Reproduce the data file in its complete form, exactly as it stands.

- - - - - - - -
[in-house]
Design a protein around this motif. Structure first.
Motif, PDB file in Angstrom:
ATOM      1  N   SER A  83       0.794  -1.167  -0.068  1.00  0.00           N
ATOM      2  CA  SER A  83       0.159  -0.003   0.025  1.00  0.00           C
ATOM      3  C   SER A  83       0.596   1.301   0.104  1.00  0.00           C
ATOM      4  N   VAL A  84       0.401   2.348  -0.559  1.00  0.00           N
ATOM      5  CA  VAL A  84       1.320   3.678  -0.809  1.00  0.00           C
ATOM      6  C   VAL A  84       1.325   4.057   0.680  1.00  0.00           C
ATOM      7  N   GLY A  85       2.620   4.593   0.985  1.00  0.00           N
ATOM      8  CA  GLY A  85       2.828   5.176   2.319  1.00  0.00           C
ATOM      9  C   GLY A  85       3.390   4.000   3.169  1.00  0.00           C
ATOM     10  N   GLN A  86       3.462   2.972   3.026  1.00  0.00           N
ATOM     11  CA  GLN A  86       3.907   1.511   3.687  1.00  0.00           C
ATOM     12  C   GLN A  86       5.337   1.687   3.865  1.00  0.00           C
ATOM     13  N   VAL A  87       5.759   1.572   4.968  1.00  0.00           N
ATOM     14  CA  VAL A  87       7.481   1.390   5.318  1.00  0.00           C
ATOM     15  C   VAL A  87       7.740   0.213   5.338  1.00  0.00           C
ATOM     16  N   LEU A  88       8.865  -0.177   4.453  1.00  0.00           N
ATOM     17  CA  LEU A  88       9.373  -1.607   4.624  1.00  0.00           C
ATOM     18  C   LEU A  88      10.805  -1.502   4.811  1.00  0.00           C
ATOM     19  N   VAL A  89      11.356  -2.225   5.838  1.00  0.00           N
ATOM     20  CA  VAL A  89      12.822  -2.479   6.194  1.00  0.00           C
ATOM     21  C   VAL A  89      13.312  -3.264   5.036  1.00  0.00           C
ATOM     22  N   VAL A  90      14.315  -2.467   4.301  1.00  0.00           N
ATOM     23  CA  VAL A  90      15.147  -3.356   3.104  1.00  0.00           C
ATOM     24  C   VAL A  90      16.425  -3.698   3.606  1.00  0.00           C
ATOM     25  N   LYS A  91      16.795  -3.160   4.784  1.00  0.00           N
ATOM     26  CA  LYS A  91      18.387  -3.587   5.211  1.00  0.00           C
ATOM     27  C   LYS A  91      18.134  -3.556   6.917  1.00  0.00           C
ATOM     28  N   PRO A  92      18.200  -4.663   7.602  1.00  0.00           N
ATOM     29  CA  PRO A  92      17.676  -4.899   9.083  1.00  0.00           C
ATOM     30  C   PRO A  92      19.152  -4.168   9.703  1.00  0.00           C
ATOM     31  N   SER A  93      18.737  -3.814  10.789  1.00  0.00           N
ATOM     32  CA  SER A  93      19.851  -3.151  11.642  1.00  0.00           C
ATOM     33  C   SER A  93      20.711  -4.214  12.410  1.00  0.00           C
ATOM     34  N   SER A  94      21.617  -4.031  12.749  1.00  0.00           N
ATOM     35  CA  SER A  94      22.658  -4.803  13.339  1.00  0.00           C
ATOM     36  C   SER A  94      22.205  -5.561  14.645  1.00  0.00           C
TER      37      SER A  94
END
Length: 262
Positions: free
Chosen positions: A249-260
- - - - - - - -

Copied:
[in-house]
Design a protein around this motif. Structure first.
Motif, PDB file in Angstrom:
ATOM      1  N   SER A  83       0.794  -1.167  -0.068  1.00  0.00           N
ATOM      2  CA  SER A  83       0.159  -0.003   0.025  1.00  0.00           C
ATOM      3  C   SER A  83       0.596   1.301   0.104  1.00  0.00           C
ATOM      4  N   VAL A  84       0.401   2.348  -0.559  1.00  0.00           N
ATOM      5  CA  VAL A  84       1.320   3.678  -0.809  1.00  0.00           C
ATOM      6  C   VAL A  84       1.325   4.057   0.680  1.00  0.00           C
ATOM      7  N   GLY A  85       2.620   4.593   0.985  1.00  0.00           N
ATOM      8  CA  GLY A  85       2.828   5.176   2.319  1.00  0.00           C
ATOM      9  C   GLY A  85       3.390   4.000   3.169  1.00  0.00           C
ATOM     10  N   GLN A  86       3.462   2.972   3.026  1.00  0.00           N
ATOM     11  CA  GLN A  86       3.907   1.511   3.687  1.00  0.00           C
ATOM     12  C   GLN A  86       5.337   1.687   3.865  1.00  0.00           C
ATOM     13  N   VAL A  87       5.759   1.572   4.968  1.00  0.00           N
ATOM     14  CA  VAL A  87       7.481   1.390   5.318  1.00  0.00           C
ATOM     15  C   VAL A  87       7.740   0.213   5.338  1.00  0.00           C
ATOM     16  N   LEU A  88       8.865  -0.177   4.453  1.00  0.00           N
ATOM     17  CA  LEU A  88       9.373  -1.607   4.624  1.00  0.00           C
ATOM     18  C   LEU A  88      10.805  -1.502   4.811  1.00  0.00           C
ATOM     19  N   VAL A  89      11.356  -2.225   5.838  1.00  0.00           N
ATOM     20  CA  VAL A  89      12.822  -2.479   6.194  1.00  0.00           C
ATOM     21  C   VAL A  89      13.312  -3.264   5.036  1.00  0.00           C
ATOM     22  N   VAL A  90      14.315  -2.467   4.301  1.00  0.00           N
ATOM     23  CA  VAL A  90      15.147  -3.356   3.104  1.00  0.00           C
ATOM     24  C   VAL A  90      16.425  -3.698   3.606  1.00  0.00           C
ATOM     25  N   LYS A  91      16.795  -3.160   4.784  1.00  0.00           N
ATOM     26  CA  LYS A  91      18.387  -3.587   5.211  1.00  0.00           C
ATOM     27  C   LYS A  91      18.134  -3.556   6.917  1.00  0.00           C
ATOM     28  N   PRO A  92      18.200  -4.663   7.602  1.00  0.00           N
ATOM     29  CA  PRO A  92      17.676  -4.899   9.083  1.00  0.00           C
ATOM     30  C   PRO A  92      19.152  -4.168   9.703  1.00  0.00           C
ATOM     31  N   SER A  93      18.737  -3.814  10.789  1.00  0.00           N
ATOM     32  CA  SER A  93      19.851  -3.151  11.642  1.00  0.00           C
ATOM     33  C   SER A  93      20.711  -4.214  12.410  1.00  0.00           C
ATOM     34  N   SER A  94      21.617  -4.031  12.749  1.00  0.00           N
ATOM     35  CA  SER A  94      22.658  -4.803  13.339  1.00  0.00           C
ATOM     36  C   SER A  94      22.205  -5.561  14.645  1.00  0.00           C
TER      37      SER A  94
END
Length: 262
Positions: free
Chosen positions: A249-260